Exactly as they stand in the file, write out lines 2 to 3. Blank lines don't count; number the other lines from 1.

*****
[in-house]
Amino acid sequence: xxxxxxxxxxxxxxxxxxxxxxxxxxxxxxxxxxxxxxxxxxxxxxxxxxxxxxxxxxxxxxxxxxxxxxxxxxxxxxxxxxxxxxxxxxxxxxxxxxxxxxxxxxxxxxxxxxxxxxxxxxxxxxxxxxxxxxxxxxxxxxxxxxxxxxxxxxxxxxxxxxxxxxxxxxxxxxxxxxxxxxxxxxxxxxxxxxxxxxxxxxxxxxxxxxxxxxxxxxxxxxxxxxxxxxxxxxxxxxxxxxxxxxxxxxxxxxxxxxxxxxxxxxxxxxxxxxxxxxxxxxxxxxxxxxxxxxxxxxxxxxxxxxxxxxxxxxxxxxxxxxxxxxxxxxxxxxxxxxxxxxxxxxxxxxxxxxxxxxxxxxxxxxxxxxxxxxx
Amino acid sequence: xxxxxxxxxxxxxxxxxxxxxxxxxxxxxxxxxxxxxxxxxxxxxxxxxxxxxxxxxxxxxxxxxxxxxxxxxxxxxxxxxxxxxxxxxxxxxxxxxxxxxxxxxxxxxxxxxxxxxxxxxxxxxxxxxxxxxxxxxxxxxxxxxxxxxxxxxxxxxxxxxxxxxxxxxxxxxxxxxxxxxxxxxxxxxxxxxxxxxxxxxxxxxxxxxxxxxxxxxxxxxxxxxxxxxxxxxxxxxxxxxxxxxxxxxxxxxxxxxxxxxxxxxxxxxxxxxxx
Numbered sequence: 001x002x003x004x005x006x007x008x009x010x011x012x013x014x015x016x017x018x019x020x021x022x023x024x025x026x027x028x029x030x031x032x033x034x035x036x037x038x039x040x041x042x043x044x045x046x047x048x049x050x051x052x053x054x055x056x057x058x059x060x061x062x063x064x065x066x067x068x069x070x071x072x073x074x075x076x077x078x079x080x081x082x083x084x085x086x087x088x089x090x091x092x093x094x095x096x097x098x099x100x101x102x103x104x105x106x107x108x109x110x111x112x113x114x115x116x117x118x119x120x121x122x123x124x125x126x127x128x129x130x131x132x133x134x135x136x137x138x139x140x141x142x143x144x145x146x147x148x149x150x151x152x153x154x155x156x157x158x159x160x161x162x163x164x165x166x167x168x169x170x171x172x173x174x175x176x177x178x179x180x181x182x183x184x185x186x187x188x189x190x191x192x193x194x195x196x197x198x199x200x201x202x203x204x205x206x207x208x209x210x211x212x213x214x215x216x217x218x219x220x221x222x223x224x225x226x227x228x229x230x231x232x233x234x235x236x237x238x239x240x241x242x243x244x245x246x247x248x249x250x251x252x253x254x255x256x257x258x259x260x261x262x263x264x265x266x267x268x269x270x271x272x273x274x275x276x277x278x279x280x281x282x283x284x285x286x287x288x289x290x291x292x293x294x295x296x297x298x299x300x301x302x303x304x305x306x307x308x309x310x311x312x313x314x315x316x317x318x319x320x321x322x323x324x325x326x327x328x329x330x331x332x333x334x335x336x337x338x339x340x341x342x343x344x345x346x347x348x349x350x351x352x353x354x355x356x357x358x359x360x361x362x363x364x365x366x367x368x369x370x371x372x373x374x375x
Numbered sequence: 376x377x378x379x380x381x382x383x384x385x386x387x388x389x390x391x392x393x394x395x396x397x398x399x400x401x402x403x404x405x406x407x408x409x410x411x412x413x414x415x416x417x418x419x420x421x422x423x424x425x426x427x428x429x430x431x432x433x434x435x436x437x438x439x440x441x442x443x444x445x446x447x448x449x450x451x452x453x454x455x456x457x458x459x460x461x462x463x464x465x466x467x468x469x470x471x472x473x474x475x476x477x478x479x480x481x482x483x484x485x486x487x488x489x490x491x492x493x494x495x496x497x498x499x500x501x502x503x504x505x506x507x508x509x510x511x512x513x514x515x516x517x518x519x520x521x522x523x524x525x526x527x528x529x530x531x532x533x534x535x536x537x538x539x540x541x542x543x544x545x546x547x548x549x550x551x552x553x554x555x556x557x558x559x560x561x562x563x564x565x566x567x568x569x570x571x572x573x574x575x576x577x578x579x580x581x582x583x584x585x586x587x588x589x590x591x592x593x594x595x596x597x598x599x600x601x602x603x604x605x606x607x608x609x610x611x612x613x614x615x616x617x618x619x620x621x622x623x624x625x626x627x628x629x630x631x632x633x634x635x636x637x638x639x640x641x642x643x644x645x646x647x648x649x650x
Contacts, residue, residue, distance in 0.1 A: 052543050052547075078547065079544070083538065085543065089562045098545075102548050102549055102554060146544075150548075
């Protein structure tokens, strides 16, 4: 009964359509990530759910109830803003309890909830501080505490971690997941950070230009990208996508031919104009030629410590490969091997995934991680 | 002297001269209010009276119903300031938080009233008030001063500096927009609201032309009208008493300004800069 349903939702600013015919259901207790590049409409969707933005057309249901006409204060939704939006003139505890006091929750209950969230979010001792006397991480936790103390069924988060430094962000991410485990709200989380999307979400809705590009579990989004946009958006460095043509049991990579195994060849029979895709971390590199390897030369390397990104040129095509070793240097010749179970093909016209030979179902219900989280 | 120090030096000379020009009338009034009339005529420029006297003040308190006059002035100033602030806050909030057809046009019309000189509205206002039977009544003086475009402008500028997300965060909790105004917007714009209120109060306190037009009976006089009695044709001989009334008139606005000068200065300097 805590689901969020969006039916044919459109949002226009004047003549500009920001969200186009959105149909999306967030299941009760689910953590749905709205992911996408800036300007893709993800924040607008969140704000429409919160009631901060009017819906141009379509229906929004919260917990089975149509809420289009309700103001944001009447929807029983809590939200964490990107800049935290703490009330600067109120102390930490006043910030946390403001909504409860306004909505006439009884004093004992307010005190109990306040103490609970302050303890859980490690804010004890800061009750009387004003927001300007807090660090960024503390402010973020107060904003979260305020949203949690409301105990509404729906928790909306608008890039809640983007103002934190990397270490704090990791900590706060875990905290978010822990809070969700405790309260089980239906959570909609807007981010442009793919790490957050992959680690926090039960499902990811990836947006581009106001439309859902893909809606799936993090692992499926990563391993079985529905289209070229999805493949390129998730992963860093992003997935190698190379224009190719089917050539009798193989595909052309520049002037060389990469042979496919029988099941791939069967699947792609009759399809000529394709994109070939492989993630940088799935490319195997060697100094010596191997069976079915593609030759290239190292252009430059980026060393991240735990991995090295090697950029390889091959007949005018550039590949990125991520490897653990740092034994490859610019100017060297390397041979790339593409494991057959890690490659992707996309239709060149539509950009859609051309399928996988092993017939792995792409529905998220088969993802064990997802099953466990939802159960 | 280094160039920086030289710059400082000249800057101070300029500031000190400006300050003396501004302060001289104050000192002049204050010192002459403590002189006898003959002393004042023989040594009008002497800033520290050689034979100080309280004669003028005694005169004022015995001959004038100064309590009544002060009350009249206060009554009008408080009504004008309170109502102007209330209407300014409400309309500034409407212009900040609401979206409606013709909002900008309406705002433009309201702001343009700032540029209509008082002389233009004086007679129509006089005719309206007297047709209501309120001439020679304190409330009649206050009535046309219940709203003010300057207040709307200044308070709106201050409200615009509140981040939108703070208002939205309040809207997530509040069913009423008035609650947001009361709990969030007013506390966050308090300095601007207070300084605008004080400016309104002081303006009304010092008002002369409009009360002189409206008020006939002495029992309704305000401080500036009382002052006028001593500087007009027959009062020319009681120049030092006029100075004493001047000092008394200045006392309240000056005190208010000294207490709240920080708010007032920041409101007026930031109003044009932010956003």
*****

Amino acid sequence: xxxxxxxxxxxxxxxxxxxxxxxxxxxxxxxxxxxxxxxxxxxxxxxxxxxxxxxxxxxxxxxxxxxxxxxxxxxxxxxxxxxxxxxxxxxxxxxxxxxxxxxxxxxxxxxxxxxxxxxxxxxxxxxxxxxxxxxxxxxxxxxxxxxxxxxxxxxxxxxxxxxxxxxxxxxxxxxxxxxxxxxxxxxxxxxxxxxxxxxxxxxxxxxxxxxxxxxxxxxxxxxxxxxxxxxxxxxxxxxxxxxxxxxxxxxxxxxxxxxxxxxxxxxxxxxxxxxxxxxxxxxxxxxxxxxxxxxxxxxxxxxxxxxxxxxxxxxxxxxxxxxxxxxxxxxxxxxxxxxxxxxxxxxxxxxxxxxxxxxxxxxxxxxxxxxxxxx
Amino acid sequence: xxxxxxxxxxxxxxxxxxxxxxxxxxxxxxxxxxxxxxxxxxxxxxxxxxxxxxxxxxxxxxxxxxxxxxxxxxxxxxxxxxxxxxxxxxxxxxxxxxxxxxxxxxxxxxxxxxxxxxxxxxxxxxxxxxxxxxxxxxxxxxxxxxxxxxxxxxxxxxxxxxxxxxxxxxxxxxxxxxxxxxxxxxxxxxxxxxxxxxxxxxxxxxxxxxxxxxxxxxxxxxxxxxxxxxxxxxxxxxxxxxxxxxxxxxxxxxxxxxxxxxxxxxxxxxxxxxx